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i would have liked to call super.super.method() but you can't do that in java. and there are several questions and plenty of answers like this one but none would work in this case.
it's not a matter of "bad design" or breaking encapsulation. i have a real usecase in which i need to override third party class because it has a bug, and i'm looking for a good solution.

So the situation for which i'm seeking a solution is this:
class ContextGetter and SpecialContextGetter are in third part class library. The method getContext in SpecialContextGetter has a bug (it sets i to 8 instead of 7).

i want to fix it. So i extended SpecialContextGetter with SpecialContextGetterCorrected in which i re-implement getContext (copied it from SpecialContextGetter and made the change) and instructed the framework to use my class, SpecialContextGetterCorrected, instead of SpecialContextGetter.

The problem is that my new method still needs to call ContextGetter.getContext and i can't tell Java to do that. (i'd like to call super.super.getContext)

how do i accomplish that short of placing my own com.thirdparty.SpecialContextGetter in front of the classpath?

package com.thirdparty;
class ContextGetter {
    //has several state variables  
    public Context getContext(Set x) throws Exception { 
        /* uses the state vars and its virtual methods */
        /* may return a Context or throw an Exception */
    /* other methods, some overridden in SpecialContextGetter */
class SpecialContextGetter {
    //has several state variables  
    public Context getContext(Set x) throws Exception { 
        /* uses the state vars and its virtual methods */
        /* somewhere in it it contains this: */

        if (isSomeCondition()) {
            try {
                // *** in my copied code i want to call super.super.getContext(x) ***
                Context ctxt=super.getContext(x); 
                /* return a modified ctxt or perhaps even a subclass of Context */
            } catch( Exception e) {
                /* throws new exceptions as well as rethrows some exceptions
                   depending on e and other state variables */
        else {
            /* some code */
            int i=8; // *** this is the bug. it should set i to 7  ***
            /* may return a Context or throw an Exception */
    /* other methods, some overridden in SpecialContextGetter */
share|improve this question
Then why not copy the base class code into your corrected class as well, so you needn't call super any more? Or you could just fix the broken class and rebuild the jar? –  Durandal Nov 15 '12 at 11:19

1 Answer 1

I see a couple options, both of which might be unfeasible if the visibility declarations of the 3rd party software are too tight.

  • Instead of extending SpecialContextGetter and override just the culprit method, copy/paste the whole SpecialContextGetter class and fix the bug there. This might ugly, the the only way around.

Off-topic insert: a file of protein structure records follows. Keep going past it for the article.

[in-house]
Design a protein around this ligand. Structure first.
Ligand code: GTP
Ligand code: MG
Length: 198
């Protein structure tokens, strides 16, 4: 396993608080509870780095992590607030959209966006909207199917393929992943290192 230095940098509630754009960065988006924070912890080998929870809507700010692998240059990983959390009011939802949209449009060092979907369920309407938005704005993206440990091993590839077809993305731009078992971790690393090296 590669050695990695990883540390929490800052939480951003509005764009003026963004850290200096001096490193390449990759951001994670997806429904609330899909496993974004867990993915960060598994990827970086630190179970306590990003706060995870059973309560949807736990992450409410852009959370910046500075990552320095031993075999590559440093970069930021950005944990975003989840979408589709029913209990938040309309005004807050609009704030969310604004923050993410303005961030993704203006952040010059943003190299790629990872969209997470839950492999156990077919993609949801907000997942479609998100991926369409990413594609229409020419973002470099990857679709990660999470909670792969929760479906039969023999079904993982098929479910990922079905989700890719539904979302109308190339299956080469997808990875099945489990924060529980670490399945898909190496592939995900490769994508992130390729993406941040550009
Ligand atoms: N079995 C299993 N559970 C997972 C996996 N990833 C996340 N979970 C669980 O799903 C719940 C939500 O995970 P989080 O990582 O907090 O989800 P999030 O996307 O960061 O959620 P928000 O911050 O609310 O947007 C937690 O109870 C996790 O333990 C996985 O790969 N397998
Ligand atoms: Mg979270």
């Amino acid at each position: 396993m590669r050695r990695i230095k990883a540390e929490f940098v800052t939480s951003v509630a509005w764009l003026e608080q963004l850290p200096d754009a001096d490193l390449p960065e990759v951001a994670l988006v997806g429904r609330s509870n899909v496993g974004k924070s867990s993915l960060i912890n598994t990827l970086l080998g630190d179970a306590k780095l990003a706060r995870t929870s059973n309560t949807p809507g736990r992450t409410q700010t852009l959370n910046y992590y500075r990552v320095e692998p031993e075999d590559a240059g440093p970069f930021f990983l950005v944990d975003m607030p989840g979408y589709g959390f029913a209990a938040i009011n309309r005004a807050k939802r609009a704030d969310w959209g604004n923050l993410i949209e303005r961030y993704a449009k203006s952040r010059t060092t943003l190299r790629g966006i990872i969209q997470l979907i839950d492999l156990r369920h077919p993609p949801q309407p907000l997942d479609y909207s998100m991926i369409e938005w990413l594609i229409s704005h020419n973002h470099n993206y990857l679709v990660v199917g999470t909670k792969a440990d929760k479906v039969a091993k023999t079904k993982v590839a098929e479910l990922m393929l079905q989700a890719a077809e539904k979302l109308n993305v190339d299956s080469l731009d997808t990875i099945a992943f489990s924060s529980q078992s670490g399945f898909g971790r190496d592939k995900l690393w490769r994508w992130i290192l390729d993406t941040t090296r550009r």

• Instead of extending SpecialContextGetter, extend ContextGetter and delegate to an instance of SpecialContextGetter (which you'll receive in the constructor of this new class) for all methods except the one you'd like to fix the bug where you'll have access to the super you want. If you're lucky you might do this, but I've got a feeling some visibility declarations or mutable state won't let you do it.
share|improve this answer
Reflection can be used to circumvent visibility and even some mutability (final) issues. –  Durandal Nov 15 '12 at 11:58
@Durandal yes, you're right. Reflection is the last thing I think about when I encounter problems in Java. –  Ionuț G. Stan Nov 16 '12 at 9:52
i'm assuming your first point is to do what i called "placing my own com.thirdparty.SpecialContextGetter in front of the classpath"... if not, please explain. –  inor Nov 18 '12 at 11:50
as far as 2nd point, 1) it requires control over which parameters to pass to the constructors of SpecialContextGetter (and its sub-classes), 2) it would mean that in my class i need to implement all methods of the whole hierarchy (sure, it's simple implementation) 3) i need to extend SpecialContextGetter because some methods in the framework may expect it and not its parent 4) i would need to use reflection to get data from the delegate, and in either case, think of how hard it would be to merge code with new third party version release –  inor Nov 18 '12 at 11:52
@inor fair points. At this point I'd just fork the library, fix the bug, release my own special version of it and use it. At that point you may also contribute the fix upstream so that in the future you get rid of your fork. This is basically what Durandal suggested. –  Ionuț G. Stan Nov 18 '12 at 14:02

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